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Graphing with Excel

Author: Andy Anderson
Date: March 2002

This tutorial demonstrates the fundamentals of graphing data with Excel.

Those who are unfamiliar with Excel may wish to first read The Basics of Using Excel.

Those interested in other applications of Excel, particularly as they apply in the curriculum, should see Grading with Blackboard and Excel and Collecting Data with Excel.

There are several ways that one might graphically display data, and Excel makes it fairly easy.

A Simple Graph

A simple graph of multiple sets of related data is a common goal.

  • You begin a graph by selecting the data you want to display, in this case the names of the students and each of their test scores:

  • You then click on the Chart Wizard icon in the Standard Toolbar (see where the cursor is pointing above).
    The Wizard first brings up the Chart Type dialog:

    For this example we will choose a line chart, and in particular the one shown, with markers.
    (The other chart sub-types in the first column only vary the chart appearance, while the second and third columns espress the data as additive and percentage-wise complementary, respectively.)
  • When you press the Next button, the Chart Source Data dialog appears:

    Here you are given a preview graph and an explicit description of your data, allowing you to modify your selection.
    In this case, it's displaying each test as a curve, with each vertical column of data being a student.
    Note that Excel is smart enough to realize that the column of student names must be labels.

    (But if the first column is numbers, it will be made a separate curve, not the abscissa or "x values".)
  • You can reverse the relationship by selecting "Series in: Rows":

    Now each curve is a student, and the vertical columns are the test values for the students.
  • Next click on the Series tab, which allows you to further describe the data:

    Clicking in the field "Category (X) axis labels:" allows you to label the graph by selecting the test names from the spreadsheet:

    This will add them as labels to the preview graph:

  • When you press the Next button again, the Chart Options dialog appears:

    You can then type in additional labels, such as the Chart title above.
  • When you press the Next button again, the Chart Location dialog appears:

    Making the chart an object and pressing the Finish button will place the graph adjacent to the data in the spreadsheet:

    Note that Excel automatically distributes colors and symbols amongst the different curves, and picks a scale for the vertical (Y) axis.
  • There are numerous formatting options for such graphs, a couple of which we'll discuss here.
    By double-clicking on the graph legend (with the student names), you can change its characteristics:

    Clicking on the Font tab allows you to change the font to something smaller and less obtrusive:

  • The graph's vertical (Y) axis can also be modified by double-clicking on it, which brings up the Format Axis dialog:

    Clicking on the Scale tab lets you choose the minimum and maximum values of the axis, the spacing of tick marks, and other details:

    Here the Minimum, Maximum, Major unit, and Minor unit have been changed from their default values (and have therefore become unchecked).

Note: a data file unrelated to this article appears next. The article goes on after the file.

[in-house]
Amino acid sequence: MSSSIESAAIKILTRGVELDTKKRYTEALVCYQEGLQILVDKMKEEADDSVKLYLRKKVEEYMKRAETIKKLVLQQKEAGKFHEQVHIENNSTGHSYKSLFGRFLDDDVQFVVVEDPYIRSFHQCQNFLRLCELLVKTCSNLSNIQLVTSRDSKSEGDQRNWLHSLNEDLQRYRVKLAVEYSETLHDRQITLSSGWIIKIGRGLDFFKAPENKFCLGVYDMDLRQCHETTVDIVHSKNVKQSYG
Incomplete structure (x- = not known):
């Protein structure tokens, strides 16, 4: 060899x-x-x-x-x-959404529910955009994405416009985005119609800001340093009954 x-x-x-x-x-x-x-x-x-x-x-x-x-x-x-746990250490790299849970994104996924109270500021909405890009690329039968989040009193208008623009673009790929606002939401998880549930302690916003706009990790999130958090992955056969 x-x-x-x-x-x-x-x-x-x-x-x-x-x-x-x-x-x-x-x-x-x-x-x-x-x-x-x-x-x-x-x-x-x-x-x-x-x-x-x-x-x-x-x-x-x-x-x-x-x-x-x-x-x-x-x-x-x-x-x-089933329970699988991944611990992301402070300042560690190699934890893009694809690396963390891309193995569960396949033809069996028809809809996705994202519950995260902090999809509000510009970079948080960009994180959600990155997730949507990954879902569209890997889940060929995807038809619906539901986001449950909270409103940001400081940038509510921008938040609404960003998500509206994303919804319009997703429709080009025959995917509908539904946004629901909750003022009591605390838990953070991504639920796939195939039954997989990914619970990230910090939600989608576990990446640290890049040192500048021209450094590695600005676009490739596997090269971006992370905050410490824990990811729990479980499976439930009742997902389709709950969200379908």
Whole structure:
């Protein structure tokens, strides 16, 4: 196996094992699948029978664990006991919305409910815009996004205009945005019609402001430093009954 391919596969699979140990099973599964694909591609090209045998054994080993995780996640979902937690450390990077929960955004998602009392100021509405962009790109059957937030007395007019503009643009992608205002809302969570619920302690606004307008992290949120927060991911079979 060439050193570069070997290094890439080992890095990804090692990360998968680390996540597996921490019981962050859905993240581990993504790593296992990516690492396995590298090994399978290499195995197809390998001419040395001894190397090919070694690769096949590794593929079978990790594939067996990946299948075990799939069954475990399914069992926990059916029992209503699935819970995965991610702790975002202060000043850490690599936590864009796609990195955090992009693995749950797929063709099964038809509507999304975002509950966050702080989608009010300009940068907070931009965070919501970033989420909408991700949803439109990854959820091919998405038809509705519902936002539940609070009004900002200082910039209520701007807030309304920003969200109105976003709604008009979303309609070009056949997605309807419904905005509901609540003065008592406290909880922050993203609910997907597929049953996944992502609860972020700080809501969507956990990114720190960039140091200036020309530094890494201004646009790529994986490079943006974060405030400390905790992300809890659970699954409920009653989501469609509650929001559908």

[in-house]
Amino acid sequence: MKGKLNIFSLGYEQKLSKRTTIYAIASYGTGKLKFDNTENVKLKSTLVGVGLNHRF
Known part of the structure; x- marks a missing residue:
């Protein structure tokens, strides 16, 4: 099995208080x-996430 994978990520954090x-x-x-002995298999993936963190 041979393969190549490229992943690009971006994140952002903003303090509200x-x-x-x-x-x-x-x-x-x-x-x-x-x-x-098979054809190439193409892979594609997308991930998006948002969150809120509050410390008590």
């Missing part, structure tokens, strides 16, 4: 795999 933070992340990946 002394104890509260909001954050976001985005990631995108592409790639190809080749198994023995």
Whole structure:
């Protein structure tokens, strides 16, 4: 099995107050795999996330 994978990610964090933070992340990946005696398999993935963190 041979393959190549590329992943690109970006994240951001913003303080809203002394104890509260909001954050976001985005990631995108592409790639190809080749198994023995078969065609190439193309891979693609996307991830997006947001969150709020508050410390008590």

• The resulting graph is then:

    The fluctuations that lead to negative correlations for Test 3 can be clearly seen here.
    The most inconsistent student is Eddie Espresso (probably due to all of the caffeine he consumes!).

A Histogram

With Excel one can set up and graph histograms, showing the frequency of particular ranges of data.

  • Excel has an explicit histogram function in its Data Analysis Toolpack, in the Tools menu, but it may need to be loaded first as an "Add-In" (also under the Tools menu).
    It's a bit cumbersome to use and it doesn't automatically update.
    We will therefore build our own using the CountIf function, which compares a cell to a numerical condition and counts it if the condition is met:
         #A = CountIf(C, ">=90")
         #B = CountIf(C, ">=80") - #A
         #C = CountIf(C, ">=70") - #A - #B
         #D = CountIf(C, ">=60") - #A - #B - #C
         #F = CountIf(C, "<60")
    The calculation looks like this in Excel:

    We can graph these results as before, again beginning by selecting the data to graph, above.
    This time we'll use a 3-D column (bar) graph:

    We'll plot the data in columns:

    But again we need to supply labels to the regressing axis, under the Series tab:

    Here each series of data must be selected, the name field clicked, and then the label chosen from the spreadsheet (or you could just type it in).
    Continuing to the next dialog, you can type in the chart title, and now also two axis labels:

    This time we'll remove the legend, by clicking on the Legend tab and then unchecking Show legend:

    Finishing the graph results in the following:

    Clicking on the Grade Range and Test axes provides a dialog whose Scale tab allows you to reverse their direction:

    Clicking on the Number axis allows you to put the tick marks only on the integers by changing the major unit from 0.5 to 1:

    Finally, you can orient the graph so that the data is a little more visible by clicking on one corner and dragging it around:

    The final result is:
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